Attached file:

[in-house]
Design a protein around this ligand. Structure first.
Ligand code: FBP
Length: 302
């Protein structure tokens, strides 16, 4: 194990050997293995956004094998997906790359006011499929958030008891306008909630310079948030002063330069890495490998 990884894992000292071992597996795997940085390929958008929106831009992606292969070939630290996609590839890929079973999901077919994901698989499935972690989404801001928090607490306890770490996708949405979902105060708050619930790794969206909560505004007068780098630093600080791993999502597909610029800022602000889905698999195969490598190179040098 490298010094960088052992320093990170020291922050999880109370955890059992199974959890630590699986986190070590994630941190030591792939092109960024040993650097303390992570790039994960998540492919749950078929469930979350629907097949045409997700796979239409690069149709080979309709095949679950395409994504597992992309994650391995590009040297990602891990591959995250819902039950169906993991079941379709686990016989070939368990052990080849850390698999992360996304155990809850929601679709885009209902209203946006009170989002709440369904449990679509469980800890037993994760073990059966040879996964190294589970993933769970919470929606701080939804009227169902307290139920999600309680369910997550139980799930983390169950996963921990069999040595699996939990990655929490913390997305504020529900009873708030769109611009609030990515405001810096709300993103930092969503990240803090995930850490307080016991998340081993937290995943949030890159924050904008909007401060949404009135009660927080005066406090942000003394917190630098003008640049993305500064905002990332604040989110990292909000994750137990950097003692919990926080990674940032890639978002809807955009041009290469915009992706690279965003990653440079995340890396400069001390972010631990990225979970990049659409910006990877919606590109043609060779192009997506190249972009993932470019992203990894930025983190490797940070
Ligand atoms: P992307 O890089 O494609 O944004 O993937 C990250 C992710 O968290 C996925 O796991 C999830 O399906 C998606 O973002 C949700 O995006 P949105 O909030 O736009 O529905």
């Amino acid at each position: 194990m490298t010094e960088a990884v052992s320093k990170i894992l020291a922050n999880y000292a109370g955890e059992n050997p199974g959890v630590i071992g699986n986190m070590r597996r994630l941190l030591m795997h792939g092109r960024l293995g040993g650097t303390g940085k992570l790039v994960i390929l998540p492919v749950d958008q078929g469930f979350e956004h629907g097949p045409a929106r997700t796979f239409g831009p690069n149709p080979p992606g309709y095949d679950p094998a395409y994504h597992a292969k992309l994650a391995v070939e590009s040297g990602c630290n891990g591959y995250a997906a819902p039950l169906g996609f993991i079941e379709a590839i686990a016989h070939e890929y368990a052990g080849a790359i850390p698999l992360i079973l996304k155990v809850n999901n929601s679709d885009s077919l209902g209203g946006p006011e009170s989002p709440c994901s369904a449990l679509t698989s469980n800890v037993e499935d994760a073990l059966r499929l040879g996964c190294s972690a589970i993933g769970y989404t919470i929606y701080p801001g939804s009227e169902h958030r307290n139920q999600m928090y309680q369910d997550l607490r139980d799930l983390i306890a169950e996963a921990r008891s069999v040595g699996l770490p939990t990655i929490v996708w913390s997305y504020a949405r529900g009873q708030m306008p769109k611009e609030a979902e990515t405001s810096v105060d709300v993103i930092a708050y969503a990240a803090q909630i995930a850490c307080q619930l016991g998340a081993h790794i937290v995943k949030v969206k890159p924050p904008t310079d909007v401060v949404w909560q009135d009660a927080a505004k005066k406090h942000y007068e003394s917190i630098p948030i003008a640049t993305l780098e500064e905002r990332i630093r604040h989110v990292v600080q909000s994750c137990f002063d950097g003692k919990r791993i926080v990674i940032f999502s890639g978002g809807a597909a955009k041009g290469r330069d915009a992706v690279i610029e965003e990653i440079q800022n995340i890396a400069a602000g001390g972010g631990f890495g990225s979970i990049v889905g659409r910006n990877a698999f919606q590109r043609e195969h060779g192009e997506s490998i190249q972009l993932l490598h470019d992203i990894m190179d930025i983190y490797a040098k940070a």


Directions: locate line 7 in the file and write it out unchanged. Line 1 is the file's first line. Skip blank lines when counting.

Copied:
């Amino acid at each position: 194990m490298t010094e960088a990884v052992s320093k990170i894992l020291a922050n999880y000292a109370g955890e059992n050997p199974g959890v630590i071992g699986n986190m070590r597996r994630l941190l030591m795997h792939g092109r960024l293995g040993g650097t303390g940085k992570l790039v994960i390929l998540p492919v749950d958008q078929g469930f979350e956004h629907g097949p045409a929106r997700t796979f239409g831009p690069n149709p080979p992606g309709y095949d679950p094998a395409y994504h597992a292969k992309l994650a391995v070939e590009s040297g990602c630290n891990g591959y995250a997906a819902p039950l169906g996609f993991i079941e379709a590839i686990a016989h070939e890929y368990a052990g080849a790359i850390p698999l992360i079973l996304k155990v809850n999901n929601s679709d885009s077919l209902g209203g946006p006011e009170s989002p709440c994901s369904a449990l679509t698989s469980n800890v037993e499935d994760a073990l059966r499929l040879g996964c190294s972690a589970i993933g769970y989404t919470i929606y701080p801001g939804s009227e169902h958030r307290n139920q999600m928090y309680q369910d997550l607490r139980d799930l983390i306890a169950e996963a921990r008891s069999v040595g699996l770490p939990t990655i929490v996708w913390s997305y504020a949405r529900g009873q708030m306008p769109k611009e609030a979902e990515t405001s810096v105060d709300v993103i930092a708050y969503a990240a803090q909630i995930a850490c307080q619930l016991g998340a081993h790794i937290v995943k949030v969206k890159p924050p904008t310079d909007v401060v949404w909560q009135d009660a927080a505004k005066k406090h942000y007068e003394s917190i630098p948030i003008a640049t993305l780098e500064e905002r990332i630093r604040h989110v990292v600080q909000s994750c137990f002063d950097g003692k919990r791993i926080v990674i940032f999502s890639g978002g809807a597909a955009k041009g290469r330069d915009a992706v690279i610029e965003e990653i440079q800022n995340i890396a400069a602000g001390g972010g631990f890495g990225s979970i990049v889905g659409r910006n990877a698999f919606q590109r043609e195969h060779g192009e997506s490998i190249q972009l993932l490598h470019d992203i990894m190179d930025i983190y490797a040098k940070a």